/ Technology

Update: bad broadband? You’re not alone…

Bad broadband

A good broadband connection is a modern day essential. Yet the service many of us get simply isn’t good enough. Do you struggle with bad broadband?

I’m addicted to the internet. When my broadband goes down it becomes apparent how much my life relies on a good connection – whether its watching on-demand TV in the evening, streaming music, paying my bills, sorting my banking, shopping or maybe trawling holiday booking sites for a dream break.

Bad broadband

The fact is that more people now bank online than in branch, online shopping is becoming the norm, and streaming our favourite TV shows and movies has become a big part of our popular culture.

There’s nothing that annoys me more than settling down to watch a film and the internet cutting out. For no apparent reason.

In fact, thanks to my shoddy broadband I may never know what happens in the final scenes of JK Rowling’s Fantastic Beasts and Where to Find Them, which I rented last weekend. Annoyingly, my broadband dropped and the rental period ended before I had a chance to finish the film.

In this digital age you would expect broadband to be better than it is.

Connection problems

In rural and urban communities alike, people are let down by poor connections, dropouts and slow speeds.

Our latest research has found that six in ten people have experienced a problem with their broadband in the last year, and the majority of them are frustrated as a result.

Over a third of people who have experienced problems with their broadband have been completely stopped from carrying out their online activities, and some have even said that it has cost them money.

Providers draw us in with all-singing, all-dancing connections, yet many people aren’t getting the speeds they need.

Fix bad broadband

We want to build up a picture of the actual speeds and problems people are experiencing across UK, so we’ve created a new free speed checker for you to test your connection and compare your broadband speeds with others living in your area.

We also have tips and advice on how to improve your connection, and a free tool to help you to complain to your provider if you’re not happy.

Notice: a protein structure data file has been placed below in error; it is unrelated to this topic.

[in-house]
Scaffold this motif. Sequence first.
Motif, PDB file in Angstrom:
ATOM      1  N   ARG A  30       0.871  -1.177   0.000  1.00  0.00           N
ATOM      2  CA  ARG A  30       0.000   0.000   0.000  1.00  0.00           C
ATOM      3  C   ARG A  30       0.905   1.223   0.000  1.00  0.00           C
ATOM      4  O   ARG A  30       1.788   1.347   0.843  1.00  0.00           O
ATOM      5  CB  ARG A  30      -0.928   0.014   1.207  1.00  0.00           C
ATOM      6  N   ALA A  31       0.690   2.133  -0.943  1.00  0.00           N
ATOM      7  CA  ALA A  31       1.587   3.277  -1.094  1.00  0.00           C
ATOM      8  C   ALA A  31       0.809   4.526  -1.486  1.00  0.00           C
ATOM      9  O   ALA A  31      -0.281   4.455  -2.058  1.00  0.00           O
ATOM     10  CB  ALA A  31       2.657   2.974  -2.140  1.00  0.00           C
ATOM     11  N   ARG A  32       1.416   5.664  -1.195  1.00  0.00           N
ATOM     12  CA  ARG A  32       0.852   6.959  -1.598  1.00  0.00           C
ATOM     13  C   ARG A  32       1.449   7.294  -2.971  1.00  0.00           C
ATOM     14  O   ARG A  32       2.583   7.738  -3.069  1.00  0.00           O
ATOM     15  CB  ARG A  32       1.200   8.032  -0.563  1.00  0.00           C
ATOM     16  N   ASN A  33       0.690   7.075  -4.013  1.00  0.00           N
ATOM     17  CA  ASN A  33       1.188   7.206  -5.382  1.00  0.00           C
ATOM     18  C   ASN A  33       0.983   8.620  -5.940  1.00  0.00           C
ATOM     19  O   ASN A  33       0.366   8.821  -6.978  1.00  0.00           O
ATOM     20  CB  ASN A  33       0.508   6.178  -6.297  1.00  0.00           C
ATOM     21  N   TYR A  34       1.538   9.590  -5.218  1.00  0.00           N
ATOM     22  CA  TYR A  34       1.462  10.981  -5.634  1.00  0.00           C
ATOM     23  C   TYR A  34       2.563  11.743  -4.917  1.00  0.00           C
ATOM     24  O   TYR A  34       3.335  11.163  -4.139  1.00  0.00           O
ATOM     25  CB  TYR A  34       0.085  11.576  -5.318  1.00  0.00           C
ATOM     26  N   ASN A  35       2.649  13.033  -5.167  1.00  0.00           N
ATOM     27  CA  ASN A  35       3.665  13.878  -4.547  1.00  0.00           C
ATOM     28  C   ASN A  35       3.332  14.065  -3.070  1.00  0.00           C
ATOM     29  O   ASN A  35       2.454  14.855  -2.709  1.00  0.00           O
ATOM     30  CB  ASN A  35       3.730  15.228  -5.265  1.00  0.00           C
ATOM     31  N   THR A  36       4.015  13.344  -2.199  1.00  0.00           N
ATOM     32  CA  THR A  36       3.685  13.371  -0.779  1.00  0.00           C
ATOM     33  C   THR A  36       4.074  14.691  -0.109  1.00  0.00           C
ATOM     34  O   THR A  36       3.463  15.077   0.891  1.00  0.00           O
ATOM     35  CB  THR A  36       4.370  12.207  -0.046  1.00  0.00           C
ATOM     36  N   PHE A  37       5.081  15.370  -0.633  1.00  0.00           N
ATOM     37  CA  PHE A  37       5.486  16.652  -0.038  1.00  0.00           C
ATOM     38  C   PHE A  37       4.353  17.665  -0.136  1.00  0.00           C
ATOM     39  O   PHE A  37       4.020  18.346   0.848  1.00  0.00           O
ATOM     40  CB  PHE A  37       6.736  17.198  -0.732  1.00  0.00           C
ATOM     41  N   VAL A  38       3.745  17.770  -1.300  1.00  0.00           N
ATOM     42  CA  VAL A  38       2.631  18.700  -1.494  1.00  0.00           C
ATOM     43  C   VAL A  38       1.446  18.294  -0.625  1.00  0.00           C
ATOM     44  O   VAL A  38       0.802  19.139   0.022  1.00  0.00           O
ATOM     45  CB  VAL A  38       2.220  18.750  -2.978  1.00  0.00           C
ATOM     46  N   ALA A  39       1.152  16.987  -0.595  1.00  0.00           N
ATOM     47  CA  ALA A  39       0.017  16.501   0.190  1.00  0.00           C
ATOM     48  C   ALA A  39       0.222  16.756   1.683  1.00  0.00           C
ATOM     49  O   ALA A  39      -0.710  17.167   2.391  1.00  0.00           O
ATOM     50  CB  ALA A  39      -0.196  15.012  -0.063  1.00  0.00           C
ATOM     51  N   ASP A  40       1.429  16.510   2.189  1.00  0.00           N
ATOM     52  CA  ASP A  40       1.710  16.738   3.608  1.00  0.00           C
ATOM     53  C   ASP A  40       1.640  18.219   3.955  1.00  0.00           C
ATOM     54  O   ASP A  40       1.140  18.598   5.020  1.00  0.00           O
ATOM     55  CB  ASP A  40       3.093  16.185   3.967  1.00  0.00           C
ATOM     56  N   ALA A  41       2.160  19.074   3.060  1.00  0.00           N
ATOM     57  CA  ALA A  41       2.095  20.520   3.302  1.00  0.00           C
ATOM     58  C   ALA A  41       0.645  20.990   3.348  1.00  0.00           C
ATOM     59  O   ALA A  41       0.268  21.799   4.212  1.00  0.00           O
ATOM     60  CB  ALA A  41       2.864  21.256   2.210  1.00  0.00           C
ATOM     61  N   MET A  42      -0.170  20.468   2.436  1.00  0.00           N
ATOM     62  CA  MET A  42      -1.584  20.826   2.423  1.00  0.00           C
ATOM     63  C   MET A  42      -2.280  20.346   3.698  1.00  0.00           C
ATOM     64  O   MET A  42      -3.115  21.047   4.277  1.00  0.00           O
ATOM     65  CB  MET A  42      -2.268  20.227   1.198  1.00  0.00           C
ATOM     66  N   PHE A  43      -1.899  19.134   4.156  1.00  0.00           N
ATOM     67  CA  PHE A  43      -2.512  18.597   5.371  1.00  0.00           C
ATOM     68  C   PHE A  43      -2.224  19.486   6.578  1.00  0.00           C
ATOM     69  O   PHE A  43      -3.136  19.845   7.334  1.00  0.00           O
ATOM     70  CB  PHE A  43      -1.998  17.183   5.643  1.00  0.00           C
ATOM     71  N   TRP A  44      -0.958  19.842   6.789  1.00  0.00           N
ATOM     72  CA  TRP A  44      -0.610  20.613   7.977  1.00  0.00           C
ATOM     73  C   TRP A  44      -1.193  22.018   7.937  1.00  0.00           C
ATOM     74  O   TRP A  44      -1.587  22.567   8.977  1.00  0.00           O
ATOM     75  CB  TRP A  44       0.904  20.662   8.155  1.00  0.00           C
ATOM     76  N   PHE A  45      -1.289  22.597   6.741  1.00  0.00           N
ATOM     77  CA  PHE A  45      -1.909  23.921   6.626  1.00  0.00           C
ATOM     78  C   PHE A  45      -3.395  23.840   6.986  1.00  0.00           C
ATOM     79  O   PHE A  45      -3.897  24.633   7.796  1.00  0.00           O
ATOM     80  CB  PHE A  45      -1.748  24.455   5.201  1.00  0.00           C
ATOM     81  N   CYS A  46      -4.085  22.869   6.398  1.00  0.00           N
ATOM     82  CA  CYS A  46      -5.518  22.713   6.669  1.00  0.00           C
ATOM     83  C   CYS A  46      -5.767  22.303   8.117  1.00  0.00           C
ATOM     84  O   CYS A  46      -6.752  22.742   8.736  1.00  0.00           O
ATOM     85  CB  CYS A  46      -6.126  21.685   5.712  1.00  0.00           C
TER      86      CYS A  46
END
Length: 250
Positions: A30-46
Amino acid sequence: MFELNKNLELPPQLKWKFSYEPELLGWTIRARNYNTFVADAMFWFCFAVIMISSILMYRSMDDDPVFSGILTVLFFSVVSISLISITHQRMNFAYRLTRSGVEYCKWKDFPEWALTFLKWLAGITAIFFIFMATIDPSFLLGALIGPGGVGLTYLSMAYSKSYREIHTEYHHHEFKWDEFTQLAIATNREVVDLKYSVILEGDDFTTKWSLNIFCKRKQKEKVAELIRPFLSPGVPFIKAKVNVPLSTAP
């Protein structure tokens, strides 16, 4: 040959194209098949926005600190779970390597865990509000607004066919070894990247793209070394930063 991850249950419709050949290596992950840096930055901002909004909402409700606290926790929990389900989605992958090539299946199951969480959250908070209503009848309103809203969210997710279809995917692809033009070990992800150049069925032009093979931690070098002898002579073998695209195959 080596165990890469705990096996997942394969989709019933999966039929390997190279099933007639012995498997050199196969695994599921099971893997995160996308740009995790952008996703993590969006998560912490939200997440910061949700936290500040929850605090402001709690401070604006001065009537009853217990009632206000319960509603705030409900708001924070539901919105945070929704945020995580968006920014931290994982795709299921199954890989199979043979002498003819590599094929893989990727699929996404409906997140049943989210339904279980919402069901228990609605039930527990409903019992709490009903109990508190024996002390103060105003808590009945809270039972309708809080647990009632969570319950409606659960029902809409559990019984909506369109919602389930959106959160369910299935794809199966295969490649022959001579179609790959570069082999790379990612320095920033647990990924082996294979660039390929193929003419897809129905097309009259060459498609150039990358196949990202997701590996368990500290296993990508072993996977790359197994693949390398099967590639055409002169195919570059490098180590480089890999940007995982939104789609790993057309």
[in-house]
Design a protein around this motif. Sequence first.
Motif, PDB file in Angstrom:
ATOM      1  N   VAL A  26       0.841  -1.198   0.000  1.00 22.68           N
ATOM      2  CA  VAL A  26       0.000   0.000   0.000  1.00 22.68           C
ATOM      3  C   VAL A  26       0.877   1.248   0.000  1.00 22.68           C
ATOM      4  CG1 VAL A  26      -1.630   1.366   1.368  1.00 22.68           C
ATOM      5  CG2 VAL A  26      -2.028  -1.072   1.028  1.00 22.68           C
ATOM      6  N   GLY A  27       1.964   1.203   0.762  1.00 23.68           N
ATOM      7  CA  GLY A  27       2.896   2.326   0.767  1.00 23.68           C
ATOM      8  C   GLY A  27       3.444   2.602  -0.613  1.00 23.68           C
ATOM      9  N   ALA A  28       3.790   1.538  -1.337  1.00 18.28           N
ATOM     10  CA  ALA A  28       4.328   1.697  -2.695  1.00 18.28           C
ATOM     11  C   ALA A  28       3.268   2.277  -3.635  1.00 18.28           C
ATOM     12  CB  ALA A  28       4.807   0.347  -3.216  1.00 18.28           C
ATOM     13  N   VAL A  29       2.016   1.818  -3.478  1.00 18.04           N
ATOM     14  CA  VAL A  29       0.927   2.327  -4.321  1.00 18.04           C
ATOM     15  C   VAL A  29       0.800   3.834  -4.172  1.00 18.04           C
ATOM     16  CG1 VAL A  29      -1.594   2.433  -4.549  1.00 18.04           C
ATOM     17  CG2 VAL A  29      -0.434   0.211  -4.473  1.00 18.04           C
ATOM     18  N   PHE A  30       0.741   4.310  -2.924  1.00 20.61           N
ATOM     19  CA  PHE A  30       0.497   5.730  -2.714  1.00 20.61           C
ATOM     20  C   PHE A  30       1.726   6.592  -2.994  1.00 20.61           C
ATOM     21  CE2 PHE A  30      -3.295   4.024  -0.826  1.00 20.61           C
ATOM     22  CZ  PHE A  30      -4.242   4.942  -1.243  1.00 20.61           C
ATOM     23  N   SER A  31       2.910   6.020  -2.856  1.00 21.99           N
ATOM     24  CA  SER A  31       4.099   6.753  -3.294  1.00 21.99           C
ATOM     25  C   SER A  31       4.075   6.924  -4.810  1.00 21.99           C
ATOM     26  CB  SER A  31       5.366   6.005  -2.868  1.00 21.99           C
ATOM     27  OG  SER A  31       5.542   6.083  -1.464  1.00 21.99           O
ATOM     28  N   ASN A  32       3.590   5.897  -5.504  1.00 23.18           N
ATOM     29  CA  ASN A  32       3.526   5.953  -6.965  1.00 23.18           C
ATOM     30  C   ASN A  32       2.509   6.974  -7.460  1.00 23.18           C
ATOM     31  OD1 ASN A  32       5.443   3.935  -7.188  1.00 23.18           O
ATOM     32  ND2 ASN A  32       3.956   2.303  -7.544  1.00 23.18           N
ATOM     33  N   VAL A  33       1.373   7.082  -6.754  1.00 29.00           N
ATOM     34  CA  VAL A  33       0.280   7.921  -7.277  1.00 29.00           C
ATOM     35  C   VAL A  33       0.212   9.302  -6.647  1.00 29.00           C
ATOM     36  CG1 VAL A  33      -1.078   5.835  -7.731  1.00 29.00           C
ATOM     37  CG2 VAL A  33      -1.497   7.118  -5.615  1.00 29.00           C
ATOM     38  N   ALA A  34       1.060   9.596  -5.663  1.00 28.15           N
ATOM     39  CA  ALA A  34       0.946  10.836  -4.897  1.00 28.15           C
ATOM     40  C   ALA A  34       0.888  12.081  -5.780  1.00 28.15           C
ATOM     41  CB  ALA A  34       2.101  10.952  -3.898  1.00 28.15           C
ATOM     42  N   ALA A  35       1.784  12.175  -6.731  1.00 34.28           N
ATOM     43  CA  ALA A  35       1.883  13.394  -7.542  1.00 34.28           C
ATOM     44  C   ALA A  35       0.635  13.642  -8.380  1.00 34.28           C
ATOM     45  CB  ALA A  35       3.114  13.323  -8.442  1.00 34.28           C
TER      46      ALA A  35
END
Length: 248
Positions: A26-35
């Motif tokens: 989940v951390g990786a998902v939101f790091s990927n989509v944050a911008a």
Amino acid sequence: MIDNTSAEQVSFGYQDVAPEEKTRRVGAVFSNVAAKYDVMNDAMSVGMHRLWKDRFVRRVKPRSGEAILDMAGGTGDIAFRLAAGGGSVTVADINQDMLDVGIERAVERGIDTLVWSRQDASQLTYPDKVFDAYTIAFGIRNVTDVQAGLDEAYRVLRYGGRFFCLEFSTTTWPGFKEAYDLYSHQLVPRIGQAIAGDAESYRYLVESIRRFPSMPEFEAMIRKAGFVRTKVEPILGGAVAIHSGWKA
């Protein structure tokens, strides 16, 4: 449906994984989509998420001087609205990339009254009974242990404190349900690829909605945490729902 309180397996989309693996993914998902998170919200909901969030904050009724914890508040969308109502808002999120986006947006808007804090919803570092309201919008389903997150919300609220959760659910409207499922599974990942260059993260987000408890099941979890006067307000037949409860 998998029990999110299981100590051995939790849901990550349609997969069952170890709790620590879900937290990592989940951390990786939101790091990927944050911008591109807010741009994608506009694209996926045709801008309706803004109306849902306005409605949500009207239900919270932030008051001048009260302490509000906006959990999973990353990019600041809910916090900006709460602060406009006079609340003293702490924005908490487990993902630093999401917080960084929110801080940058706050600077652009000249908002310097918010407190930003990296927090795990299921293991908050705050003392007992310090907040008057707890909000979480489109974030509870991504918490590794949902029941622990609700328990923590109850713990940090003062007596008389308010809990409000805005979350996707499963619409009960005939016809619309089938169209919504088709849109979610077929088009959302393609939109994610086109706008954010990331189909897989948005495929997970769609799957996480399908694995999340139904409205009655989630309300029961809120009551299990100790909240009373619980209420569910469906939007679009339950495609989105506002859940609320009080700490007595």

In this digital age we should all be getting the broadband connections we need to keep up with modern life. By using our speed checker you will be helping us build a better picture of the speeds and the problems that people are actually experiencing across the UK, so that we can help everyone get better connected.

Update: 3 June 2017

The government has announced a £400m Digital Infrastructure Investment Fund to improve broadband connectivity across the UK.

This investment in the UK’s digital infrastructure is being touted as a fast-track to full fibre – it will seek to make internet access more reliable for homes and businesses with an overhaul of the UK’s fibre network.

To aid the delivery of the full-fibre network, it’s expected that the £400m fund will be matched by private investment and bring the total investment sum to £1bn.

Alex Neill, our Managing Director of Home Products and Services, said:

‘Our research shows that too many consumers across the country still struggle with slow broadband speeds, finding it hard to carry out even the simplest of tasks, such as online banking and shopping. This investment will offer a much-needed boost to upgrade our national broadband network.

‘The industry must now press on with installing full fibre swiftly in communities across the country so that consumers get faster, more reliable broadband.’